…an enlightened utterance1 in response to which we will note, with our friend Mr. Hume: “We have… no choice left but betwixt a false reason and none at all.”2 Rousseau concurs, but Nietzsche remains more popular among “us” (not “really” more popular in the more material sense, in which Rousseau and Hume reign), because, in addition to reaching that same conclusion, and before he descended into complications and dissociations indistinguishable from “none at all,” he invited us to make up and celebrate any more pleasing reason-no-more-true-nor-false. In the social-political dimension, the problem that Nietzsche encountered and we encounter, or that we simply ignore if it it suits our needs or preferences or madness, is that the peculiar false reason of the mass liberal democratic regime form remains a true reason precisely to the extent that, like the dying fairy, it is always applauded back to life. If the people childishly choose false democracy democratically, then it is a truly-if-childishly and truly-because-childishly democratically chosen false democracy, more authentically democratic than the rejected ideally or supposedly authentic democracy, and the lonely post-Humean Nietzschean has nothing to offer against the massed innocents except the necessarily generally unheard assertion that he or she, for his or her own perfectly unaccountable reasons, prefers something else, as if we might ever have had some doubt on that score, and even though or because he or she utterly lacks the power to produce that something else except within the limits of the room set aside for him or her by his or her family or perhaps the state, if family or state so chooses on the basis of connections and assumptions, those also false notions truly believed and believed true, that family and state retain against the lonely post-Humean Nietzschean’s ridicule, whether shouted or scrawled or whispered in free stride naked back and forth across the floor, covered in his or her but to be honest typically his own filth, impotently priapic, priapically impotent, occasionally pausing to play piano also with his elbows, and calling it supreme performance.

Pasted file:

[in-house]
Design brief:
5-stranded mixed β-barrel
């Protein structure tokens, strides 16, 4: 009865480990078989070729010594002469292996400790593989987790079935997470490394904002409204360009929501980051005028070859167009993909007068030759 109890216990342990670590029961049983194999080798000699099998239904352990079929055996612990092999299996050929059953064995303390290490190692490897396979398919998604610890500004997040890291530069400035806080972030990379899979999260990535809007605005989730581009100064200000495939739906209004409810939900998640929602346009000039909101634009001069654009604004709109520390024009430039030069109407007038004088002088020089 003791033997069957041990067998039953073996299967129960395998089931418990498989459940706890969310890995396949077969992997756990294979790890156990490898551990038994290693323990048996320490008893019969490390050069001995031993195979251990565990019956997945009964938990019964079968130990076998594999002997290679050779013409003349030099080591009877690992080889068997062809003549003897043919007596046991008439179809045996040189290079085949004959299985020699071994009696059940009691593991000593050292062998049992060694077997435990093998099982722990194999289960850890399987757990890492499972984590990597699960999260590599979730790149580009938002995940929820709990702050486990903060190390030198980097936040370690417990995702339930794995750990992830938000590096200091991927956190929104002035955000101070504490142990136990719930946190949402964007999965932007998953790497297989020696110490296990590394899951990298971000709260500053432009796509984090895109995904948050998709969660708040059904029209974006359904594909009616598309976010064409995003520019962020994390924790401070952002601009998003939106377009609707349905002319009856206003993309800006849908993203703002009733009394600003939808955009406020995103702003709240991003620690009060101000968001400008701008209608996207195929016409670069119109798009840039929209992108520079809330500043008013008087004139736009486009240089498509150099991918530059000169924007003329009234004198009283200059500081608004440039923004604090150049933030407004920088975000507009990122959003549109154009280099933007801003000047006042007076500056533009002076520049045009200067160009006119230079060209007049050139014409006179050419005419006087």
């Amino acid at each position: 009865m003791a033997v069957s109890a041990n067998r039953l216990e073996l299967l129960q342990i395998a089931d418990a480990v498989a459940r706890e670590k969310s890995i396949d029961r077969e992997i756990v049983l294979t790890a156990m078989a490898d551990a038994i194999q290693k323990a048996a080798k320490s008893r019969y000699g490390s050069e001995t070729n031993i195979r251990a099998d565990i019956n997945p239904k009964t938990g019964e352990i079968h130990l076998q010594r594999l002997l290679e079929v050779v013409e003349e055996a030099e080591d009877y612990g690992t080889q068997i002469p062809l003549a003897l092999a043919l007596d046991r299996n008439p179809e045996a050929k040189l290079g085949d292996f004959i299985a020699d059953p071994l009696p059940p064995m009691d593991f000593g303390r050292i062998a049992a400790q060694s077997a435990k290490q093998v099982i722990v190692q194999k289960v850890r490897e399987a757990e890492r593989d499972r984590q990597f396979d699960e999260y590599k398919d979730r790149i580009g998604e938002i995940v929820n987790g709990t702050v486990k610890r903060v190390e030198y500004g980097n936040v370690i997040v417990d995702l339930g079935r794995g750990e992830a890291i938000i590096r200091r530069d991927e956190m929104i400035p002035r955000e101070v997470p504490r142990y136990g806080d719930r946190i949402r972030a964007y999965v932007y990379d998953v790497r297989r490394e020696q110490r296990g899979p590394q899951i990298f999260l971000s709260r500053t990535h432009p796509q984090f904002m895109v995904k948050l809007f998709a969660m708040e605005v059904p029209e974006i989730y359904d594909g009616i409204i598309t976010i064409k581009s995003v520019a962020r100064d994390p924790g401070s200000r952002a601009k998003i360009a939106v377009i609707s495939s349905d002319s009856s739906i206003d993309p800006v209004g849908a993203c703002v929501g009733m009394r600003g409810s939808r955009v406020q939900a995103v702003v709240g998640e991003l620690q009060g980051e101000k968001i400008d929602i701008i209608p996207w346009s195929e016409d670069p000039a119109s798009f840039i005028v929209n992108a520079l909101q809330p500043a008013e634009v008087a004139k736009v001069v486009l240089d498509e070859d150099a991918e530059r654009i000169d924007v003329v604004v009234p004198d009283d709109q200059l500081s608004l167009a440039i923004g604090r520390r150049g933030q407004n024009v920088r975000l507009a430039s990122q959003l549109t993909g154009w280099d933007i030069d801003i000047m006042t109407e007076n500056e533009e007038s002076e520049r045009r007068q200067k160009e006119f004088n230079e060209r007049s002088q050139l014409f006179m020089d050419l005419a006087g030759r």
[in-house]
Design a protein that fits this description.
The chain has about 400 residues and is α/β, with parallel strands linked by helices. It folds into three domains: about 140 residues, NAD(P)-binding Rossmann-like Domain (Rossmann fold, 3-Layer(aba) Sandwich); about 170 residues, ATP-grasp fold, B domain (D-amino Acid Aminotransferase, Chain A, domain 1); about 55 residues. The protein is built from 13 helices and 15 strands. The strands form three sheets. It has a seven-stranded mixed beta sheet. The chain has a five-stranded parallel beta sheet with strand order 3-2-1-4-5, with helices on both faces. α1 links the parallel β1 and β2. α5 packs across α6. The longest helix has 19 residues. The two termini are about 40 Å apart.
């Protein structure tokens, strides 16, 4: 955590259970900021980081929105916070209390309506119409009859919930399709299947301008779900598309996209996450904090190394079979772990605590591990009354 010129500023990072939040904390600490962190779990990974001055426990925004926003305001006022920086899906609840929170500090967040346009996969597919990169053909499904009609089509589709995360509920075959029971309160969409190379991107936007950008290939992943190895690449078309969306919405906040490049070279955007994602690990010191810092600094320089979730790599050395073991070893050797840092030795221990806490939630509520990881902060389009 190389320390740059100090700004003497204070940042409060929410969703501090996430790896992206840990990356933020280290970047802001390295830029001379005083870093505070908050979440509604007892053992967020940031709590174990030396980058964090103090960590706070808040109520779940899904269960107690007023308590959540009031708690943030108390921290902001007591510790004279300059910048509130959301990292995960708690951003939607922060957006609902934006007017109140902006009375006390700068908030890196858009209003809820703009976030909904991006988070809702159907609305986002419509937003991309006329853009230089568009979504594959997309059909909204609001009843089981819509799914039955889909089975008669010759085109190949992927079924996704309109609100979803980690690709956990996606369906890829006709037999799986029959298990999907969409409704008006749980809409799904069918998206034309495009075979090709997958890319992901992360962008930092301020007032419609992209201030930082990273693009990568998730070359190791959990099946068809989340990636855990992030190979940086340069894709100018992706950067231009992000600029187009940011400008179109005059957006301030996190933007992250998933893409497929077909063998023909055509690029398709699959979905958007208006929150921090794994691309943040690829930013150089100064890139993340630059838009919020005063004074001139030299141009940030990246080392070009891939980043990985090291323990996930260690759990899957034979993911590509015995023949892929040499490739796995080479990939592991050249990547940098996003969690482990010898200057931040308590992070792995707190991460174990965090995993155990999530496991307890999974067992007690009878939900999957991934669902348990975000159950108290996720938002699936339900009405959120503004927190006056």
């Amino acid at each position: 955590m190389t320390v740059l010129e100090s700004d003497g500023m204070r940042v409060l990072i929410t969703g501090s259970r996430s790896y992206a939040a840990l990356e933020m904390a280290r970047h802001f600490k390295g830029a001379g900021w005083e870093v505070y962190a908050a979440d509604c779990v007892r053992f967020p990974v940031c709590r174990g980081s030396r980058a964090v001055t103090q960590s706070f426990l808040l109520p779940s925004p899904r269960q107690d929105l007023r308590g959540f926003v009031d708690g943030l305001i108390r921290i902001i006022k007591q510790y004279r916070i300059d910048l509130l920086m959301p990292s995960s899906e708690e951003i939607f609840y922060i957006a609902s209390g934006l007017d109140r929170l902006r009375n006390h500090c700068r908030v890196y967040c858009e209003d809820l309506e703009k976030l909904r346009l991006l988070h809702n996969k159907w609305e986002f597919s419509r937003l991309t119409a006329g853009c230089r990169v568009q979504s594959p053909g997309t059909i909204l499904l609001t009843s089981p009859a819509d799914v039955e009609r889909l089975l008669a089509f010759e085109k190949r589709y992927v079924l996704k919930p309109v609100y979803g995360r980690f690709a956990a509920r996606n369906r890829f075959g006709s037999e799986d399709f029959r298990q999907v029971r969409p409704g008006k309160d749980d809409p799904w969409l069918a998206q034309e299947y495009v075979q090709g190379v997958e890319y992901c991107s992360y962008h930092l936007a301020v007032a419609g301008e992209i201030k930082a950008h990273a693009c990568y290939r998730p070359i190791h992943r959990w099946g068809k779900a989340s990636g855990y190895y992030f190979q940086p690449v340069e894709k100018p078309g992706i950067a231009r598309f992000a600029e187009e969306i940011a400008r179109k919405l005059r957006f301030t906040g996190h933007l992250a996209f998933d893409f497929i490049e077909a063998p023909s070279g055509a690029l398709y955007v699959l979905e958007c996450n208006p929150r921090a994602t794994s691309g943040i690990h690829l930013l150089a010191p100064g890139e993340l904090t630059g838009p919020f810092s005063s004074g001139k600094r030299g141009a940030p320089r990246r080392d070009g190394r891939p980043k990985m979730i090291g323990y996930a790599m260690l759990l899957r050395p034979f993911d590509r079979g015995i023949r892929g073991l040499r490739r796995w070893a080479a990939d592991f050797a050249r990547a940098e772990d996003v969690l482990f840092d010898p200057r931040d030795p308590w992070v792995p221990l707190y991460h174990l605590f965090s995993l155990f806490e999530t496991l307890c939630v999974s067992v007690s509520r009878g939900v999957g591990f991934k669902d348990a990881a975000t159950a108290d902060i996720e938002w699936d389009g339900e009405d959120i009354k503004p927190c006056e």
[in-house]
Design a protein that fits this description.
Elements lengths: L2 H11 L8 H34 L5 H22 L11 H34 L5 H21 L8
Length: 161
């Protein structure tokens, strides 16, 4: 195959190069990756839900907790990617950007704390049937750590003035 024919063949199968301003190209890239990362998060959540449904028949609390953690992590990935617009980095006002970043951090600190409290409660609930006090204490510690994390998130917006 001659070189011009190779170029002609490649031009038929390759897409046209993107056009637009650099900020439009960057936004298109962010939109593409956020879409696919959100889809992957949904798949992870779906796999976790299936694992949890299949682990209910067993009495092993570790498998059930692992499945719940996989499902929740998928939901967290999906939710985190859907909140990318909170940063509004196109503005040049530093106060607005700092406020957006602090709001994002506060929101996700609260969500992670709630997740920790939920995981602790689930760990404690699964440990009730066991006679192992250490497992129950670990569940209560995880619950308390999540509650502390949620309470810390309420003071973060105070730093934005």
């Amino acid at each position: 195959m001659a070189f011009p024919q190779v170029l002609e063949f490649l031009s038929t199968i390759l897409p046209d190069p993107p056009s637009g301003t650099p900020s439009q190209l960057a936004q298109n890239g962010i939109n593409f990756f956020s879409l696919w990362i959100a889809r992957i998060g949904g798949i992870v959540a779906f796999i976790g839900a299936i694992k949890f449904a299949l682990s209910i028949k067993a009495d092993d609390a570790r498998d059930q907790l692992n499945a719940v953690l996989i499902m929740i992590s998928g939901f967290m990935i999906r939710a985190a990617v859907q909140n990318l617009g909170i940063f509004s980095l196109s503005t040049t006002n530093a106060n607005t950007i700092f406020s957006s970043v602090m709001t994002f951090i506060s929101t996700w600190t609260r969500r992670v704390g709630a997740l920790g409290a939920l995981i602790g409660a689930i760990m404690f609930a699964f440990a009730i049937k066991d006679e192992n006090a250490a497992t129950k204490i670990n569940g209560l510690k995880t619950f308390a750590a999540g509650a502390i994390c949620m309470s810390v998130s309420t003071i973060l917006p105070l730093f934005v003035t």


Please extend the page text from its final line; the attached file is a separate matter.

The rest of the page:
- The comment appears at a discussion generally referencing “Nietzsche’s Marginal Children”, an essay by Dr. Corey Robin in The Nation; also discussed downthread at “Driving Blind: Foucault, Nietzsche, and Dotcom” at The League of Ordinary Gentlemen. [↩]
- A Treatise of Human Nature, Book I, Part IV, Section VII, in David Hume Collection (Kindle Location 4147). [↩]